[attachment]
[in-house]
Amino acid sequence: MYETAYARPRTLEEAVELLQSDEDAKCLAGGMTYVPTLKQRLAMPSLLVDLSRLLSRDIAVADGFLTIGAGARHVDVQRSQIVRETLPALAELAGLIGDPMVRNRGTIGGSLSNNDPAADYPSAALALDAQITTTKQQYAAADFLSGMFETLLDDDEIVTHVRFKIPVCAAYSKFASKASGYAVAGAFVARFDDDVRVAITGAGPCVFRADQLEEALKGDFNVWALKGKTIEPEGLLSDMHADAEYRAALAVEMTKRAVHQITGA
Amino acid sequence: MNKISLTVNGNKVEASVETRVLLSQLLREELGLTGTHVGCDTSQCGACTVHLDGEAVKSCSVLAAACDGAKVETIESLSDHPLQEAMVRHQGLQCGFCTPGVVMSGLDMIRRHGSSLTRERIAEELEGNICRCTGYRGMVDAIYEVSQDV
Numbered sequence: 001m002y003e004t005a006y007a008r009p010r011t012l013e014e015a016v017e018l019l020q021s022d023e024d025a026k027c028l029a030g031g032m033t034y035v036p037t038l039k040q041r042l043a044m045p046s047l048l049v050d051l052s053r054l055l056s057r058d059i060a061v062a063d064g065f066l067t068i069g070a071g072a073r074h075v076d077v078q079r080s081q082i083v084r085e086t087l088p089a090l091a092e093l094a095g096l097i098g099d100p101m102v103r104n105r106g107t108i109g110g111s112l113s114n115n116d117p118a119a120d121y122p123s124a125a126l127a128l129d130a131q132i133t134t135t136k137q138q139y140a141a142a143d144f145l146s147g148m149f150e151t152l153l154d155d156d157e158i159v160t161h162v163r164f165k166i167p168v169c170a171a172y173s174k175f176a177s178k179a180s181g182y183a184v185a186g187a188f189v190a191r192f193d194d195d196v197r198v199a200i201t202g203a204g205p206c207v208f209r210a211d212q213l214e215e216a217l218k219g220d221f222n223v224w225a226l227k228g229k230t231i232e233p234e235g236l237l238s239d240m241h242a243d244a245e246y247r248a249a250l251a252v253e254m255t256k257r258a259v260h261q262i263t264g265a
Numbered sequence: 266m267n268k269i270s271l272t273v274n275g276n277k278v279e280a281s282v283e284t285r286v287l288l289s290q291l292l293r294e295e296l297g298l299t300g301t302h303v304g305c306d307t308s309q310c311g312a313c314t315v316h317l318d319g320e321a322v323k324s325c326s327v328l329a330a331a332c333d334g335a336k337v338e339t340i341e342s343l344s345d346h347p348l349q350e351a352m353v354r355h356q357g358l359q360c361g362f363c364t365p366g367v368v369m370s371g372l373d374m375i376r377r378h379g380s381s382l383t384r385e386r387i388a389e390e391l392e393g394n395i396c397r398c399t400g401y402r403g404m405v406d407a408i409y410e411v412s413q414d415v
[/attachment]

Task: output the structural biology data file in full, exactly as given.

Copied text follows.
[in-house]
Amino acid sequence: MYETAYARPRTLEEAVELLQSDEDAKCLAGGMTYVPTLKQRLAMPSLLVDLSRLLSRDIAVADGFLTIGAGARHVDVQRSQIVRETLPALAELAGLIGDPMVRNRGTIGGSLSNNDPAADYPSAALALDAQITTTKQQYAAADFLSGMFETLLDDDEIVTHVRFKIPVCAAYSKFASKASGYAVAGAFVARFDDDVRVAITGAGPCVFRADQLEEALKGDFNVWALKGKTIEPEGLLSDMHADAEYRAALAVEMTKRAVHQITGA
Amino acid sequence: MNKISLTVNGNKVEASVETRVLLSQLLREELGLTGTHVGCDTSQCGACTVHLDGEAVKSCSVLAAACDGAKVETIESLSDHPLQEAMVRHQGLQCGFCTPGVVMSGLDMIRRHGSSLTRERIAEELEGNICRCTGYRGMVDAIYEVSQDV
Numbered sequence: 001m002y003e004t005a006y007a008r009p010r011t012l013e014e015a016v017e018l019l020q021s022d023e024d025a026k027c028l029a030g031g032m033t034y035v036p037t038l039k040q041r042l043a044m045p046s047l048l049v050d051l052s053r054l055l056s057r058d059i060a061v062a063d064g065f066l067t068i069g070a071g072a073r074h075v076d077v078q079r080s081q082i083v084r085e086t087l088p089a090l091a092e093l094a095g096l097i098g099d100p101m102v103r104n105r106g107t108i109g110g111s112l113s114n115n116d117p118a119a120d121y122p123s124a125a126l127a128l129d130a131q132i133t134t135t136k137q138q139y140a141a142a143d144f145l146s147g148m149f150e151t152l153l154d155d156d157e158i159v160t161h162v163r164f165k166i167p168v169c170a171a172y173s174k175f176a177s178k179a180s181g182y183a184v185a186g187a188f189v190a191r192f193d194d195d196v197r198v199a200i201t202g203a204g205p206c207v208f209r210a211d212q213l214e215e216a217l218k219g220d221f222n223v224w225a226l227k228g229k230t231i232e233p234e235g236l237l238s239d240m241h242a243d244a245e246y247r248a249a250l251a252v253e254m255t256k257r258a259v260h261q262i263t264g265a
Numbered sequence: 266m267n268k269i270s271l272t273v274n275g276n277k278v279e280a281s282v283e284t285r286v287l288l289s290q291l292l293r294e295e296l297g298l299t300g301t302h303v304g305c306d307t308s309q310c311g312a313c314t315v316h317l318d319g320e321a322v323k324s325c326s327v328l329a330a331a332c333d334g335a336k337v338e339t340i341e342s343l344s345d346h347p348l349q350e351a352m353v354r355h356q357g358l359q360c361g362f363c364t365p366g367v368v369m370s371g372l373d374m375i376r377r378h379g380s381s382l383t384r385e386r387i388a389e390e391l392e393g394n395i396c397r398c399t400g401y402r403g404m405v406d407a408i409y410e411v412s413q414d415v